He pressed the #2 speed dial on his phone. It rang twice.
“Leave a message. Beep.
From long habit, he composed his message. The Trust didn’t believe in encrypted phones. The official stance was that using encryption encouraged sloppy thinking. “Everything you say is being recorded by persons unknown, any encryption can be broken, so don’t rely on it. Just say nothing suspicious.”
Judith was listening to mishmash of songs on her computer. She’d organized one playlist by her private ratings, another playlist to highlight songs she hadn’t played in a long time, and still another exclusively of classical orchestral pieces—and then shuffled them together randomly.
She hadn’t gotten out of bed yet, reading an old novel, relaxing in a house all her own. Daddy was out of town, and Katie wasn’t due to check up on her until mid-afternoon.
It was nice to be trusted enough to take care of herself, even if it was just for a few hours. If she were old enough to drive, certainly she was mature enough to brush her own teeth without the housekeeper having to hold her hand. She wasn’t broken. Her hand unconsciously touched the scar on her throat.
The phone rang. She put aside the book and listened.
“Honey.” It was Daddy. She jumped out of bed, hoping to reach the phone before he hung up.
“I just wanted to remind you to get my tuxedo from the cleaners. I’ve had to head on down the road early. Just 31 miles past Las Vegas. See you soon. Love ...”
He was cut off. There was a bang, as if the phone had struck the window, a yelp, and three long seconds of chaotic noise.
Another click, as the call went dead.
Frantically, she tapped her forehead with the thumb of her open right hand as she found the phone. Her long brown hair tangled in her fingers.
Daddy! What’s wrong? Was that a crash?
Where’s the spoon?
She found a pen. Good enough, anything that would make a clicking noise.
Hastily dialing his secret number with her left hand, she held the pen unsteadily in her right, ready to tap out her questions.
But the phone never rang. It went immediately to the voicemail. It only did that when the phone was out of battery, or turned off.
Daddy! What’s happened?
It’d happened too fast to remember, but every time he tried to move, he was immobilized by the pain. He tried to pull his shattered thoughts together.
Obscured by the uneven rolling terrain, the road dipped and turned. The ice chest had shifted, straining against the bungee cords. He’d unsnapped the seatbelt to check it, trying to keep his mind on the phone message.
But there’d been a creek. He hadn’t seen it coming. The Lexus had dropped out from under him, and sailed off the roadway, through the cottonwoods and into the tall stand of reeds. Air bags slammed him, unprotected and out of position, and dropped him hard across the center console.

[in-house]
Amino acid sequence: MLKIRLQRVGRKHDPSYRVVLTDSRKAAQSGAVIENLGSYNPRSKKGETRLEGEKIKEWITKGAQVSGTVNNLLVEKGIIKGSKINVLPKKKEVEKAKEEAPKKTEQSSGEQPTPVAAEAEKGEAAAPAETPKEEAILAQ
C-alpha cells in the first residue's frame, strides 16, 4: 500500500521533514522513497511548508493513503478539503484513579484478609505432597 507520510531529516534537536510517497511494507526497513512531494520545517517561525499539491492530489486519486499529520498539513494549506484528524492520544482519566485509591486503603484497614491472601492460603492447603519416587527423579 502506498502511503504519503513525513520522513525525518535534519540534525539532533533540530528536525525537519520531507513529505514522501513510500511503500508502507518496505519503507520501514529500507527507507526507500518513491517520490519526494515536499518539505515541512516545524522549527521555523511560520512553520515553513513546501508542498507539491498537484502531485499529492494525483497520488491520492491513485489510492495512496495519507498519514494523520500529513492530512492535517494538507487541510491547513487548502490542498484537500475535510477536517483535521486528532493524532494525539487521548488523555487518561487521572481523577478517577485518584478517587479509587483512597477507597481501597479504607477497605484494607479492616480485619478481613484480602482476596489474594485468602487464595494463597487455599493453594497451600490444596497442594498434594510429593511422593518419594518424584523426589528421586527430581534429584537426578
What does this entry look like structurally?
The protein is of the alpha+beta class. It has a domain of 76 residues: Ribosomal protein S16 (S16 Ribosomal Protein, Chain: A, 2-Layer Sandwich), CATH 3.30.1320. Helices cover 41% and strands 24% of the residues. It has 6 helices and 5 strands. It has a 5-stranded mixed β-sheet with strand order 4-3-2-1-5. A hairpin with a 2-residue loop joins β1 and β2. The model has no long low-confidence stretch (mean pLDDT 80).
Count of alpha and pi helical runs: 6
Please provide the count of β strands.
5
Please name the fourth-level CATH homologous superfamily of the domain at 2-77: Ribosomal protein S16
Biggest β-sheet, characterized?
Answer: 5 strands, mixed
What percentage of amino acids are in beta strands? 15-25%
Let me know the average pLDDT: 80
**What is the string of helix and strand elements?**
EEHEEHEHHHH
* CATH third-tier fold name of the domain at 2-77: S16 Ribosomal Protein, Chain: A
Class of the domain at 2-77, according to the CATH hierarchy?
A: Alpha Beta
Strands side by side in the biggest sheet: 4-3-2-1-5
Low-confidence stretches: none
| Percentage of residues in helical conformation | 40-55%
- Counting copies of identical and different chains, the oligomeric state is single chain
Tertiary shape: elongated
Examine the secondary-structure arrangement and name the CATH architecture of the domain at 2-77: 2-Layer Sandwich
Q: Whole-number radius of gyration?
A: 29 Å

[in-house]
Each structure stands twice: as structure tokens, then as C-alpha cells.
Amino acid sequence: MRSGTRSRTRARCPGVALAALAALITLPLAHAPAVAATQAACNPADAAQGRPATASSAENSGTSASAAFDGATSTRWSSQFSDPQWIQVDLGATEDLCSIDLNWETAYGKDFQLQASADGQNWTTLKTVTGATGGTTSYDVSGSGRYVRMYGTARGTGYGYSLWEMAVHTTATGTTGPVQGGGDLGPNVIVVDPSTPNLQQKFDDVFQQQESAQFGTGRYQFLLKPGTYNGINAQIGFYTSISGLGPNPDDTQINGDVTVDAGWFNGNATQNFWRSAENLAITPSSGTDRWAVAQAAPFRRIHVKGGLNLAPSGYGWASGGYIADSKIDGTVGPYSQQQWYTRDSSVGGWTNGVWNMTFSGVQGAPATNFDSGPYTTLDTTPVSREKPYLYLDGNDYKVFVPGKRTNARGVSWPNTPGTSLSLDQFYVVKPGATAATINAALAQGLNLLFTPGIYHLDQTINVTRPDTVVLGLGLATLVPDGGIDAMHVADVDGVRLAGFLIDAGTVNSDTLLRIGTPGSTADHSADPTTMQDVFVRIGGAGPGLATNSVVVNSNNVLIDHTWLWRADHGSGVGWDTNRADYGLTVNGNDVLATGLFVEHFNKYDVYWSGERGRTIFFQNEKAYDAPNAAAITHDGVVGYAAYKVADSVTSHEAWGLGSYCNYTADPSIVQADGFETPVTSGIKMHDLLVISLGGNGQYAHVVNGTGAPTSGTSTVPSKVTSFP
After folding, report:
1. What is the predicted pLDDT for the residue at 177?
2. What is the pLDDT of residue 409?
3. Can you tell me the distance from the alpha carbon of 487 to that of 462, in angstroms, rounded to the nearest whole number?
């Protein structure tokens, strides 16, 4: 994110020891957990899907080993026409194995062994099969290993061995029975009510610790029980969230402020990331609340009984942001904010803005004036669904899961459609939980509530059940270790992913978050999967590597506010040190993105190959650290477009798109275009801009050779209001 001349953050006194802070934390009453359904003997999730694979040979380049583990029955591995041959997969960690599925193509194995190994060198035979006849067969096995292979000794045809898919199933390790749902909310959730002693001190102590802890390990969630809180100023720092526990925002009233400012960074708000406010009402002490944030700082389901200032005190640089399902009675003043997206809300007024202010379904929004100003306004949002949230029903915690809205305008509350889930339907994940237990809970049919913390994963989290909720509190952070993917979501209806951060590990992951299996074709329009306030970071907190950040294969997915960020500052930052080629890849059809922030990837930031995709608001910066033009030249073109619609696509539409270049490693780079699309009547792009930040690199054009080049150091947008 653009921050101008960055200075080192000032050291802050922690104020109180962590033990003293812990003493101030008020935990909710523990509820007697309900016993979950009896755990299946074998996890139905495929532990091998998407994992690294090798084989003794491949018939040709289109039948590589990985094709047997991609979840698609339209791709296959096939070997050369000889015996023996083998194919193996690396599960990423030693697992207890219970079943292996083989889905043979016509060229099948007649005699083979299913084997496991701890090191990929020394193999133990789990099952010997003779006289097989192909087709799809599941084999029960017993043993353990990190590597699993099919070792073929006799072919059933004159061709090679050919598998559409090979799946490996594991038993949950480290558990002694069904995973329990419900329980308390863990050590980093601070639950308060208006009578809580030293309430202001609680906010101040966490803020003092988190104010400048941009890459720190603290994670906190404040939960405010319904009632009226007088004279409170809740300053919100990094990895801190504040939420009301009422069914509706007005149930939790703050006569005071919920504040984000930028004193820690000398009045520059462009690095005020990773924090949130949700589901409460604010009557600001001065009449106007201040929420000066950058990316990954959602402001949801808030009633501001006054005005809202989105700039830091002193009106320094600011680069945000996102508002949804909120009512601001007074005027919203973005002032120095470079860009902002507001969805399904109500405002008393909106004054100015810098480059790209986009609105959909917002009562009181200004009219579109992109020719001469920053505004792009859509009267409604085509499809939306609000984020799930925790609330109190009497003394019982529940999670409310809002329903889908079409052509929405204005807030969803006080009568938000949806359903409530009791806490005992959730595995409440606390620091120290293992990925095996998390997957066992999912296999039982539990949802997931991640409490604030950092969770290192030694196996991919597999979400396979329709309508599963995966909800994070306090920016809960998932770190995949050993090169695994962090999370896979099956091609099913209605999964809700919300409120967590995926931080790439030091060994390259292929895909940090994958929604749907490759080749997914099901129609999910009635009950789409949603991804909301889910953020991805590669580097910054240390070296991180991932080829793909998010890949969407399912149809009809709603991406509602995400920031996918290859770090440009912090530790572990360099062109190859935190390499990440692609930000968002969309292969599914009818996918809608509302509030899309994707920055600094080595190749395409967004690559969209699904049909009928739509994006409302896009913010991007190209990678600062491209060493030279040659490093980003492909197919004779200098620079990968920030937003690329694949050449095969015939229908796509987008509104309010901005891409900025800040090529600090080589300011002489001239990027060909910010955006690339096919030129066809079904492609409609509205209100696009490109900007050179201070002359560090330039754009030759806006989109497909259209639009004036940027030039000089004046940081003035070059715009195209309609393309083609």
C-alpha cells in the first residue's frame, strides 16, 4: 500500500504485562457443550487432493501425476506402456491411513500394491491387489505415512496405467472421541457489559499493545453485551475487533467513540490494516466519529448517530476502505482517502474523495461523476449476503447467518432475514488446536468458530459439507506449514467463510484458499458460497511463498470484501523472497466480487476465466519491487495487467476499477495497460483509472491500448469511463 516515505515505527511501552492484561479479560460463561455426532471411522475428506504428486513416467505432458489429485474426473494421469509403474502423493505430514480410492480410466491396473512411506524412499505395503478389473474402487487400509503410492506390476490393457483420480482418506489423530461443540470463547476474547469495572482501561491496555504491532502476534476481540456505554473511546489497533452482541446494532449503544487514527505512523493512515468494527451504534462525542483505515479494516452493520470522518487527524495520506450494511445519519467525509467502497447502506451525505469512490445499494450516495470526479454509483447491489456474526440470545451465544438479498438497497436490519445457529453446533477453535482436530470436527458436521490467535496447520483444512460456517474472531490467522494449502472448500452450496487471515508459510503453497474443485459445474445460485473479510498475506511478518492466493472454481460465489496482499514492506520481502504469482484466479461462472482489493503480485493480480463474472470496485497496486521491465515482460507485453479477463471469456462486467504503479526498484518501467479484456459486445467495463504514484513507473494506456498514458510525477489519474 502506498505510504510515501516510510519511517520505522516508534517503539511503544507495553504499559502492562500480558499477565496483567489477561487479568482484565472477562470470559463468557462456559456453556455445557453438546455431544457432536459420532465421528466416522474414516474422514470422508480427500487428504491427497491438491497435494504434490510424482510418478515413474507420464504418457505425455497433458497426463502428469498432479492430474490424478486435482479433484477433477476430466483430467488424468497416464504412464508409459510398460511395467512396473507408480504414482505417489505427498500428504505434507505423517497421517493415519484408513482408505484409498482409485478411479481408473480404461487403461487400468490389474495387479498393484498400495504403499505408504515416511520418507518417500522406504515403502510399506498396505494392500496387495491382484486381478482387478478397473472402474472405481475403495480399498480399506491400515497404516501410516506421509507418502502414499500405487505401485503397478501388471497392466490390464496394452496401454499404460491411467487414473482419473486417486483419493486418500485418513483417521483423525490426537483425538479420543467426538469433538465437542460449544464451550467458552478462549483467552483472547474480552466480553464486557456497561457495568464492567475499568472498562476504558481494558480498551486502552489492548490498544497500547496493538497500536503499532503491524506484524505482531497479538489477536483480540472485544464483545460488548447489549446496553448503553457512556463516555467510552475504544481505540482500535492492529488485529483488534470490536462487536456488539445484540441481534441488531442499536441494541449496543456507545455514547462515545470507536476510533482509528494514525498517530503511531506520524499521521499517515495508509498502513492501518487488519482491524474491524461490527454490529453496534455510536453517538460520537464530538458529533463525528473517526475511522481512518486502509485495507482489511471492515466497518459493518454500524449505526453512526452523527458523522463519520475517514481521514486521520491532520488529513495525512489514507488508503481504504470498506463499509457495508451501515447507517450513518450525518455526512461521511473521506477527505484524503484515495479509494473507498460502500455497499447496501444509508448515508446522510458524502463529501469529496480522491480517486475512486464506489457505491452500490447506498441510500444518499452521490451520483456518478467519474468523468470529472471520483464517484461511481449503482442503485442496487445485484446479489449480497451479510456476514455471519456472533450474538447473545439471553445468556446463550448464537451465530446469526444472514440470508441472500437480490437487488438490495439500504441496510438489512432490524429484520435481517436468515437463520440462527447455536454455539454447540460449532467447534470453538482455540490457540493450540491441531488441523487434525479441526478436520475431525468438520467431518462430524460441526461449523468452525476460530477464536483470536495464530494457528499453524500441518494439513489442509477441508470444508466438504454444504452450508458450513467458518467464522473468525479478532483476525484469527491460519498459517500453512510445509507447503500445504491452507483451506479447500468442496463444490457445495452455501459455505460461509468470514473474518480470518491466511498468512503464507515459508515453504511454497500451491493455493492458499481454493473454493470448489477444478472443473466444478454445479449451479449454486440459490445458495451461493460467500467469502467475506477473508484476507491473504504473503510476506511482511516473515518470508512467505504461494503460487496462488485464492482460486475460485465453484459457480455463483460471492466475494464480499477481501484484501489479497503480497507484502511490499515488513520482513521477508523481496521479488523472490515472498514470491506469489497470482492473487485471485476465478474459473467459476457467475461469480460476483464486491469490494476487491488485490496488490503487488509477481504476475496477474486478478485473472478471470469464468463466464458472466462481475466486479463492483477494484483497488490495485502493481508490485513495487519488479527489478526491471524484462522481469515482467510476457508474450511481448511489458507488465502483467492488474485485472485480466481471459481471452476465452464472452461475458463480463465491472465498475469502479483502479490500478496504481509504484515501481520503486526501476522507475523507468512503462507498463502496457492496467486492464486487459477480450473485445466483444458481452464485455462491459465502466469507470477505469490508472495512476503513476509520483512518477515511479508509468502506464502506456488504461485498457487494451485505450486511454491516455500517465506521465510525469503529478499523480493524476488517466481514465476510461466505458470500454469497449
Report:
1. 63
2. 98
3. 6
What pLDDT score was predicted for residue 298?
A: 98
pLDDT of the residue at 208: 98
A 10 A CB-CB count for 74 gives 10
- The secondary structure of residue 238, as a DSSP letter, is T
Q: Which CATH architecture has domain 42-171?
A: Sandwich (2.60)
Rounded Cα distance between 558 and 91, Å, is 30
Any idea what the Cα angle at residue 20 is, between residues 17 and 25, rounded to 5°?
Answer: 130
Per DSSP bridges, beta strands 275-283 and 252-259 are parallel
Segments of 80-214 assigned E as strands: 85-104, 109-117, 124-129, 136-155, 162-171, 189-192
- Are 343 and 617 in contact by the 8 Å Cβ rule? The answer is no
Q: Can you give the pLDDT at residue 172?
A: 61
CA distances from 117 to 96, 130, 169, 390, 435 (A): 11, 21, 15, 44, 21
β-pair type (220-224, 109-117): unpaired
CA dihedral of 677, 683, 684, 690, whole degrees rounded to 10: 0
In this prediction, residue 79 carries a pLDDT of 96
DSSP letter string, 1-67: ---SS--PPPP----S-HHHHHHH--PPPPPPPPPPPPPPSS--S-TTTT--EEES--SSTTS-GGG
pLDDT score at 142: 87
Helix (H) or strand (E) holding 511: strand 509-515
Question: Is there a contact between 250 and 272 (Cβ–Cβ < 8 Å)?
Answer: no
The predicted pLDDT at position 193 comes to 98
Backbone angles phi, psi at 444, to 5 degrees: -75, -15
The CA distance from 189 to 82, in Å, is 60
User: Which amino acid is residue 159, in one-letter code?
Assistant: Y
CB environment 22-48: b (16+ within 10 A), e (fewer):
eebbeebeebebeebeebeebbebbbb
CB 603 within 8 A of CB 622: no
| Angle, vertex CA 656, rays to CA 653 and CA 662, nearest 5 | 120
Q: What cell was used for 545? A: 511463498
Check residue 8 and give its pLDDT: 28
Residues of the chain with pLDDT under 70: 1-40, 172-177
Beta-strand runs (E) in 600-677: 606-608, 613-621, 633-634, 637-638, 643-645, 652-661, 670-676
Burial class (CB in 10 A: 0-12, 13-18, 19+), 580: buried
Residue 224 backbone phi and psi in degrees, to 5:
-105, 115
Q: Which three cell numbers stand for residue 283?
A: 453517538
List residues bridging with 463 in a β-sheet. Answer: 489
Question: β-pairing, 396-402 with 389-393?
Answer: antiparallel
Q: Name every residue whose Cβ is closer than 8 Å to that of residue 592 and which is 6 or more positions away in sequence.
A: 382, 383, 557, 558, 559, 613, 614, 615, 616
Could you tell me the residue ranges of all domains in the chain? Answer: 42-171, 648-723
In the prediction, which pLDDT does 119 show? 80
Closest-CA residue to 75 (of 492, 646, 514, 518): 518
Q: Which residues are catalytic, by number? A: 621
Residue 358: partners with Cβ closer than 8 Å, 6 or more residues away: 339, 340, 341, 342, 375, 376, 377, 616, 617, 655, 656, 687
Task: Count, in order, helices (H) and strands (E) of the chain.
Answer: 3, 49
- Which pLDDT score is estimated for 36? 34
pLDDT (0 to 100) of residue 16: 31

Something is broken. He tried to move again. No luck. His leg was entangled in something, and his head rang, and not from the talkie. He could barely think and barely breathe. He was trapped.
It was several minutes before an old rusty pickup truck made the Ponil Creek crossing, but by then, the reeds had begun to recover from their trauma, bending again upright, hiding the Lexus out of sight of the traffic. Inside, the air was clearing from the airbag explosions.
The only thought that he could put together was that, indeed, the bungee cords had held the cargo secure.
Judith opened the garage door. Resting on sheets of cardboard to protect the concrete floor from any possible oil leak was her motorcycle.
Daddy had bought it for her birthday. “I have to find some way to get you out of the house.” He laughed, like it was a joke, but she knew it wasn’t really.
When you can’t talk to people, it’s an uncomfortable, scary world out there.
But Daddy’s in trouble. That had to be a car crash. And he had asked for her help, in code words.
He called me ‘Honey’. That meant it was Trust business. She couldn’t ask Katie Stokes for help in this. She was a housekeeper, babysitter, and good friend, but she wasn’t in the Trust. Anything having to do with Daddy’s business was totally off limits with her.
Get the ‘tuxedo’. That had to mean get the talkie. She didn’t even know he was transporting a talkie this trip. She would have insisted on going along.
From the ‘cleaners’. Stupid. Stupid. Stupid. Why didn’t I memorize that list of code words when he told me to?
Hands on the bike, she walked it out of the garage. The gas gauge read nearly full. In spite of Daddy’s urgings, she’d only ridden it a few times around town. School, shopping, even the library—all had been too intimidating. What if it’d been stolen? What if people looked at her? She felt too conspicuous as it was.
I’ll need to pack something. Las Vegas is hours away. I may have to stay at a motel.
Motel! ‘Cleaners’ means a stopover point. And ‘31’ is probably a room number.
A change of clothes fit into the compartment below the seat. Her leathers were hanging neatly in the closet. Daddy had insisted on protective motorcycle gear. She’d had fun picking them out from the on-line specialty shop, but she’d hardly used them.
She left a note for Katie and left it on the kitchen table. I hope it’s good enough. Daddy’s taken me on his trips before. I’d hate for her to call the police when she finds me missing.
But when she walked out and locked the door behind her, her legs froze up. She just stood there facing the motorcycle, her helmet in her hands. Las Vegas was far to the north. What if she had motor trouble? What if she couldn’t find him?
But Daddy’s counting on me—and he’s in trouble.
She twisted her hair up into a bun and pulled the helmet on. The motorcycle roared to life.